THE RING: Were you working when you weren’t boxing?

ND: For a while I was relying on my mom for money. I was a momma’s boy (laughs). Then I got a job at PetSmart, working with dogs. It was menial labor job. But it’s the first time I really felt normal, because I didn’t have to get up and train, train, train. Even in high school and when I was a little boy, I was waking up four, five in the morning and running hills. That’s what I did. It seems that’s all I did. That was my life.

THE RING: Tell us about your first amateur fight.

ND: My first fight as a kid I literally pissed in my pants going to the ring. I was freaking out. They were putting the gloves on me and I was so damned scared that I literally peed in my pants.

THE RING: Let me get this straight: In your first fight you peed your pants and then beat the piss out of the kid you were facing?

ND: That’s a good way to put it (laughs). I was always afraid to hit someone. Then, in my first fight this kid hit me and I went nuts. I beat the crap out of him. Looking back, I can remember my father kept telling me, “Hit him, hit him, hit him.” There was nowhere I could run in the ring (laughs), so I hit him. The kid hit me first and that seemed to trigger something. I started throwing straight punches, no hooks or uppercuts. I remember that feeling. I had no worries in my head. Just the one thought: I’m going to kill him before he kills me. I made his mouth and nose bleed. I was so surprised with myself that I won. I didn’t know I was capable of stuff like that.

THE RING: How empowering was that?

ND: Everyone was looking at me and shaking my hand. My father gave me a big hug and it felt really good to be on top for once. Before, everyone used to pick on me, but in the ring I got a chance to fight back and it was OK to hit back. It gave me a little confidence. Inside the ring, the confidence was there. It was like I was a different Nonito, and even to this day I’m different in the ring. In front of everyone I was the happy kid. But inside I was sad and there was some anger there, well, a lot of anger there. There were times I would just cry in school. Boxing was really my outlet for my anger. When I fought as an amateur, all that anger came out. There was no sense of winning or losing. I just want to punish all of the people who punished me.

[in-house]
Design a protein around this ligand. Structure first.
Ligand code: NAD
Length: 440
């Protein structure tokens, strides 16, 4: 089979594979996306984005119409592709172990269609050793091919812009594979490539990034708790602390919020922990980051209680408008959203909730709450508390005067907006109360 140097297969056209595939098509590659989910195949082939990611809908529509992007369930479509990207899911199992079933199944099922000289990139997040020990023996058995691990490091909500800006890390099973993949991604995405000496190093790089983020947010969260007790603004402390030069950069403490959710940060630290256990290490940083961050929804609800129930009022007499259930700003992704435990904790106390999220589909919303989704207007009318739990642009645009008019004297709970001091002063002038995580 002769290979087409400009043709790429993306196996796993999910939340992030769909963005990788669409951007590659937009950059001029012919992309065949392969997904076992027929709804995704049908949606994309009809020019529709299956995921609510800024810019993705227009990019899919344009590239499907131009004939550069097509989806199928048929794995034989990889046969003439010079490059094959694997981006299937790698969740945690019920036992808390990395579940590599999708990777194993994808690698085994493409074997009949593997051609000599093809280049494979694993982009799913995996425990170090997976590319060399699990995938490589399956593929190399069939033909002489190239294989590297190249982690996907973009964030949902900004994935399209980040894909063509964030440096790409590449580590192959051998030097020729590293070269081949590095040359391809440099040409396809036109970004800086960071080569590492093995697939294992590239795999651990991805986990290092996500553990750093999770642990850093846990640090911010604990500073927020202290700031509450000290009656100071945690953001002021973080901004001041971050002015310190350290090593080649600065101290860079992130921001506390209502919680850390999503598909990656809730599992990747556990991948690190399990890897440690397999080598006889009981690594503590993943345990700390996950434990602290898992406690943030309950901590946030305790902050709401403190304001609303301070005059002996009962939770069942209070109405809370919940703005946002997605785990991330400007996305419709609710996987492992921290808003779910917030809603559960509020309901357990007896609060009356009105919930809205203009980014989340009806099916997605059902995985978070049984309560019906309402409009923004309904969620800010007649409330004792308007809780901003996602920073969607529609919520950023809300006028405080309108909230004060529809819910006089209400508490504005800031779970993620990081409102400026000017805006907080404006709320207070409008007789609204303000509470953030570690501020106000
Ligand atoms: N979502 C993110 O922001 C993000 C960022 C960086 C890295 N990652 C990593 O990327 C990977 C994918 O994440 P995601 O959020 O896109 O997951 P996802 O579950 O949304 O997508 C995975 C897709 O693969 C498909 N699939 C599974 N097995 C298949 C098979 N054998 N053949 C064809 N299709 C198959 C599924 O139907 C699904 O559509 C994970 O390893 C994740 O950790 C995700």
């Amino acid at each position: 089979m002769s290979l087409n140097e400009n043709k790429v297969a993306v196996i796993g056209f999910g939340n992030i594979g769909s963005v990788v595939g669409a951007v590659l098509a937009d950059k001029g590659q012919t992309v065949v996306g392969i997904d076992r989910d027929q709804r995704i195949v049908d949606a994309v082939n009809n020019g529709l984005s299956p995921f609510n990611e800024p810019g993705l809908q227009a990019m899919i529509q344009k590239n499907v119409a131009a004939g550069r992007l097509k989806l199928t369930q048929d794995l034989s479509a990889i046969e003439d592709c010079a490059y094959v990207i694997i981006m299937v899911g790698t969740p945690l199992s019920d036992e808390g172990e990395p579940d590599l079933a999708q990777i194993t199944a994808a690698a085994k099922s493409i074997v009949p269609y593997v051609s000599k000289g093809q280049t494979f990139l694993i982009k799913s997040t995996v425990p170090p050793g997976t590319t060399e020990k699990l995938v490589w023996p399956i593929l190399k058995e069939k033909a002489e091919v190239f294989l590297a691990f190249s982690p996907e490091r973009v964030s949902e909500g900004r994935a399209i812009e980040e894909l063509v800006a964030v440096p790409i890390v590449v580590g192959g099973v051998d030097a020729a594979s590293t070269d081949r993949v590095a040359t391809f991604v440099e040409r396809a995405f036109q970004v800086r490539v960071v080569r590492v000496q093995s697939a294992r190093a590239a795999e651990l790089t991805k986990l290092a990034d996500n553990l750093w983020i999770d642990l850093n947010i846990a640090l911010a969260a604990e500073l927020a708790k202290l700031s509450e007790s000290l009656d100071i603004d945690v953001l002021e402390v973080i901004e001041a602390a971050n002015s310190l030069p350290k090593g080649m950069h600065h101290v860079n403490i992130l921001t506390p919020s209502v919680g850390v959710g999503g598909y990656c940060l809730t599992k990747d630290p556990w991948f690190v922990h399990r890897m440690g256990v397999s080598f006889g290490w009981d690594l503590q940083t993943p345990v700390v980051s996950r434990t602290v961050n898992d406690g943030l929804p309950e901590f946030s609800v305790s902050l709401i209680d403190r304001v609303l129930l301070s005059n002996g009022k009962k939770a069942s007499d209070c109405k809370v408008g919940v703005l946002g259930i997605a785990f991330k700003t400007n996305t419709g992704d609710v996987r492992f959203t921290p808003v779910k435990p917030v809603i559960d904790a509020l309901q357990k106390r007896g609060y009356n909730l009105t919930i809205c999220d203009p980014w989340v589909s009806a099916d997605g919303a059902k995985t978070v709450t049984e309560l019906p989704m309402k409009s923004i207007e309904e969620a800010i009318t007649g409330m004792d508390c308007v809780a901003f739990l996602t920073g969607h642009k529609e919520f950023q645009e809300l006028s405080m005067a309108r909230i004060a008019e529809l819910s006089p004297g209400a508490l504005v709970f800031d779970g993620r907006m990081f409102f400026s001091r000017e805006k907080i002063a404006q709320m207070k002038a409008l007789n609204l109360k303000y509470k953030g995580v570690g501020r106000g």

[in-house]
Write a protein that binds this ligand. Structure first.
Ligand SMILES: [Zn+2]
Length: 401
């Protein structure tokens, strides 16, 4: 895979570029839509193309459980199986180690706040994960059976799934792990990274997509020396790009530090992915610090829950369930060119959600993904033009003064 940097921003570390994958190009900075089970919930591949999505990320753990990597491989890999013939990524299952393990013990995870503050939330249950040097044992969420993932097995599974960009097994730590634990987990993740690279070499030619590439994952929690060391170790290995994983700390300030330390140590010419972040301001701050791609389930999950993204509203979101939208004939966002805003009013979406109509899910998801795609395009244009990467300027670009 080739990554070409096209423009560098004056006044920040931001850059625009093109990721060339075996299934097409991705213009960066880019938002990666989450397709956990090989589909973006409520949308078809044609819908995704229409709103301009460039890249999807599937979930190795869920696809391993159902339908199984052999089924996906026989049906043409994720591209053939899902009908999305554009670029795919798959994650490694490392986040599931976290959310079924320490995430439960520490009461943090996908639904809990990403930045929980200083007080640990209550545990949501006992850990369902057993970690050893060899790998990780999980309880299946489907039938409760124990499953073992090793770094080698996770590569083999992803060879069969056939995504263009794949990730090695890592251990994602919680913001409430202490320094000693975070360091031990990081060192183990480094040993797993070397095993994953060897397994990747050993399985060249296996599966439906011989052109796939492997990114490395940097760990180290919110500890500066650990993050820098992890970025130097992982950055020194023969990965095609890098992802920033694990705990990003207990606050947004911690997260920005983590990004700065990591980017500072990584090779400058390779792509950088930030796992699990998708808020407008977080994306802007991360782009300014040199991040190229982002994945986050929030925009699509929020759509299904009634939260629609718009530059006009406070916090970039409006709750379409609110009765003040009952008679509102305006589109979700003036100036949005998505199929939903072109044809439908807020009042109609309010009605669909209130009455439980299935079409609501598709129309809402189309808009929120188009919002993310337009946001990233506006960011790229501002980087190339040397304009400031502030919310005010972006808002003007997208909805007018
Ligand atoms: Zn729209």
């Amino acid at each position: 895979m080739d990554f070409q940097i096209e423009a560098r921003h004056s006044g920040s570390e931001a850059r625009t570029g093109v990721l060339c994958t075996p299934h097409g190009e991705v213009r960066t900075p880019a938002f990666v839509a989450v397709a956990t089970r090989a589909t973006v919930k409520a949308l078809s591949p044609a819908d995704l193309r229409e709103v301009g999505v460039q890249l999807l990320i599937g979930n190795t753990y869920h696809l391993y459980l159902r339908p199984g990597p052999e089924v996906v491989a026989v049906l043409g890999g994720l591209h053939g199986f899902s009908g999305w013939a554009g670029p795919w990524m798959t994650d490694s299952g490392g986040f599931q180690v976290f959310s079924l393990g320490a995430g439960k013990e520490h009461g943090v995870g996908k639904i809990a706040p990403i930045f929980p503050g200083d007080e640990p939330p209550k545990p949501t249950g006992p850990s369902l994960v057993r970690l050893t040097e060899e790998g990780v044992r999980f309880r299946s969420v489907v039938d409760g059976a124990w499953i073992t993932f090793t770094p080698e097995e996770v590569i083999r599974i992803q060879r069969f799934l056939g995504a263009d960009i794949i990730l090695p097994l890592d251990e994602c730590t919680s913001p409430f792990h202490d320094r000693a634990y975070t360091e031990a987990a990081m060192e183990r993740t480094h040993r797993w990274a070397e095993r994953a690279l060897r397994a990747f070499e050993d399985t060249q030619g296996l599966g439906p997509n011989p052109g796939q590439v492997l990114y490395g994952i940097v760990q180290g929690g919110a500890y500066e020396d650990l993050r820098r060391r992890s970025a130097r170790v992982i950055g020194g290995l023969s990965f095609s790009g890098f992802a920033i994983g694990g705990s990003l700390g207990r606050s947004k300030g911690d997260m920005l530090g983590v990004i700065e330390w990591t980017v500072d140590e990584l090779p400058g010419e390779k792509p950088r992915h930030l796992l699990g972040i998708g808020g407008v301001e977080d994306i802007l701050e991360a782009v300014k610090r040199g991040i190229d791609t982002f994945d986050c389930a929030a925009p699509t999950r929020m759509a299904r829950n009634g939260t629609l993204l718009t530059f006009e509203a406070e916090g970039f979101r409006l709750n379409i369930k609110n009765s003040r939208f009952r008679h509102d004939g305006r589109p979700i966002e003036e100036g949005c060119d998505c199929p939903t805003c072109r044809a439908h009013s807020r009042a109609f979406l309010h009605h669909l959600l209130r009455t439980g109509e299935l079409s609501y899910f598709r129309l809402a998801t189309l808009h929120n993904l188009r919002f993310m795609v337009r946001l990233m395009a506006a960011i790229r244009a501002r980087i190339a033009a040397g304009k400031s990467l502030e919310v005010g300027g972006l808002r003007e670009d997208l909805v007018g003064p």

THE RING: Where did that anger come from?

ND: Someone was always making fun of me. I have big ears and they called me Dumbo (laughs). I had buckteeth and they called me bucktooth beaver (laughs). It’s funny now that I’m an adult, but at the time it was really cruel. I was a little boy. I wasn’t looked at as being cool. Even the other kids who people made of made fun of made fun of me. That’s where I stood on the school food chain.

THE RING: How bad was it?

ND: It was really bad. I had no confidence then, none at all. I thought that was the way the world was. I was always afraid of everything. It was mostly a bad emotional time for me. I didn’t feel like I had any friends. It started in the Philippines with my big ears and my teeth and my nose was always dripping. In the United States, it was very different. The cruelty was a lot of different. All these kids were bigger than me. In fourth grade I would sit in the corner because no one would pick me to play different sports. But in sixth grade I started boxing and I was starting to become a better athlete, so I’d get picked over the fat kid in football (laughs). I was always chosen because I had speed. I was really agile, but I still got bullied anyway.

THE RING: Did you ever say anything to your parents about the bullying?

ND: That’s the one thing about kids, they’re afraid to say anything to their parents because they’re afraid something else would happen. I can imagine if I ever brought this to my dad. He would have wanted to go out and fight these kids.

THE RING: Did the bullying ever stop?

ND: When I was still in high school, I started being on TV in my amateur fights. One of the bigger guys who picked on me started showing respect. It was different then. No one challenged me. I wasn’t afraid of him anymore and it wasn’t because I got taller or anything. I was still little.